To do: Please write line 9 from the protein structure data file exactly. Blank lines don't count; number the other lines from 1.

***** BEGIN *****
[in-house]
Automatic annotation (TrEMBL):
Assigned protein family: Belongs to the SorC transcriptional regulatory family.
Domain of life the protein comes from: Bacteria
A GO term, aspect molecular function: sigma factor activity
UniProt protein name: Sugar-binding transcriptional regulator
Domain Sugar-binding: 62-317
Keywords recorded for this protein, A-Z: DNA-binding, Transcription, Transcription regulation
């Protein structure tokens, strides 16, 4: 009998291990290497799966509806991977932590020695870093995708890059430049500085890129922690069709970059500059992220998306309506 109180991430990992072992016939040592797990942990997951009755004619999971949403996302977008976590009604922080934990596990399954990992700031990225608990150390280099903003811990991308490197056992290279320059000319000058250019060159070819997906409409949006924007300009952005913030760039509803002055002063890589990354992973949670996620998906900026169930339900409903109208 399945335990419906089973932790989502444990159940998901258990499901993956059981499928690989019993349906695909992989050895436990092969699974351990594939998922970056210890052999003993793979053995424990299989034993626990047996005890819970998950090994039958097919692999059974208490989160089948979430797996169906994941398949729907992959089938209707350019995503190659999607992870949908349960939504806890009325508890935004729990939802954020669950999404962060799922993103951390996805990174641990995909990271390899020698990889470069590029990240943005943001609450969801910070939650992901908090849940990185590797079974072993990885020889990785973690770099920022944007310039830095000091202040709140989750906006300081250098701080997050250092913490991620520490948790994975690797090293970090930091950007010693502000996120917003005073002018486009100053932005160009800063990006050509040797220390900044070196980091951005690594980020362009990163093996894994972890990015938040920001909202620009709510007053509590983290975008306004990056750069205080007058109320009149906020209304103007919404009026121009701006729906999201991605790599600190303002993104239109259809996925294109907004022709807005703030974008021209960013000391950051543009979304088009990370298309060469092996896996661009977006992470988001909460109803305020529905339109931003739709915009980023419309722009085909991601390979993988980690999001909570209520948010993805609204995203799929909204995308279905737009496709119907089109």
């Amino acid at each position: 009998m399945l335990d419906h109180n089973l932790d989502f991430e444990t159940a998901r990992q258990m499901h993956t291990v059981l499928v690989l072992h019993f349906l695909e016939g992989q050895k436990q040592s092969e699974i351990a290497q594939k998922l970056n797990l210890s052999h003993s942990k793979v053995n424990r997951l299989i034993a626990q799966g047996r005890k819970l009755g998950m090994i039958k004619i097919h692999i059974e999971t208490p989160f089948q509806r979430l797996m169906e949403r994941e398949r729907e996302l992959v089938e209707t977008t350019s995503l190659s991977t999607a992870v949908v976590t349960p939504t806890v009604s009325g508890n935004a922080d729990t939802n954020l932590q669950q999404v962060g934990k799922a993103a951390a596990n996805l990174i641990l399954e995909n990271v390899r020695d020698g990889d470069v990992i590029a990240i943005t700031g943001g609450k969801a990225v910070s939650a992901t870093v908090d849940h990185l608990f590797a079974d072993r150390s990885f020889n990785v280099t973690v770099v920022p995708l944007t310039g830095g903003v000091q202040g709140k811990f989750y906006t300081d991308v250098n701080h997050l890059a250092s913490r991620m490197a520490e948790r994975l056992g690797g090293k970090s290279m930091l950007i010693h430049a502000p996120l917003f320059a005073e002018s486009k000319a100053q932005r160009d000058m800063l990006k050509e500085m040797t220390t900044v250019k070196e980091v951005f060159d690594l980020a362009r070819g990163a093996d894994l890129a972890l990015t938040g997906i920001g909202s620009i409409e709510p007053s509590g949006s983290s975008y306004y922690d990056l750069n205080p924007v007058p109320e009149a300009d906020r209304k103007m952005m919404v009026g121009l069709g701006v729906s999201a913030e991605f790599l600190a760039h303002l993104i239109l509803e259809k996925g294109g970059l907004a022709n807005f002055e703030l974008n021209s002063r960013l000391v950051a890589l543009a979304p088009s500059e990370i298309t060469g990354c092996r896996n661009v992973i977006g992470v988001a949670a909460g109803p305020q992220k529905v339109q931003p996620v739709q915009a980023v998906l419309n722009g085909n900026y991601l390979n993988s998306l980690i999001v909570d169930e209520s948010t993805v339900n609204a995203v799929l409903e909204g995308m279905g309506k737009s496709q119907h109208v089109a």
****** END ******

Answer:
């Protein structure tokens, strides 16, 4: 009998291990290497799966509806991977932590020695870093995708890059430049500085890129922690069709970059500059992220998306309506 109180991430990992072992016939040592797990942990997951009755004619999971949403996302977008976590009604922080934990596990399954990992700031990225608990150390280099903003811990991308490197056992290279320059000319000058250019060159070819997906409409949006924007300009952005913030760039509803002055002063890589990354992973949670996620998906900026169930339900409903109208 399945335990419906089973932790989502444990159940998901258990499901993956059981499928690989019993349906695909992989050895436990092969699974351990594939998922970056210890052999003993793979053995424990299989034993626990047996005890819970998950090994039958097919692999059974208490989160089948979430797996169906994941398949729907992959089938209707350019995503190659999607992870949908349960939504806890009325508890935004729990939802954020669950999404962060799922993103951390996805990174641990995909990271390899020698990889470069590029990240943005943001609450969801910070939650992901908090849940990185590797079974072993990885020889990785973690770099920022944007310039830095000091202040709140989750906006300081250098701080997050250092913490991620520490948790994975690797090293970090930091950007010693502000996120917003005073002018486009100053932005160009800063990006050509040797220390900044070196980091951005690594980020362009990163093996894994972890990015938040920001909202620009709510007053509590983290975008306004990056750069205080007058109320009149906020209304103007919404009026121009701006729906999201991605790599600190303002993104239109259809996925294109907004022709807005703030974008021209960013000391950051543009979304088009990370298309060469092996896996661009977006992470988001909460109803305020529905339109931003739709915009980023419309722009085909991601390979993988980690999001909570209520948010993805609204995203799929909204995308279905737009496709119907089109």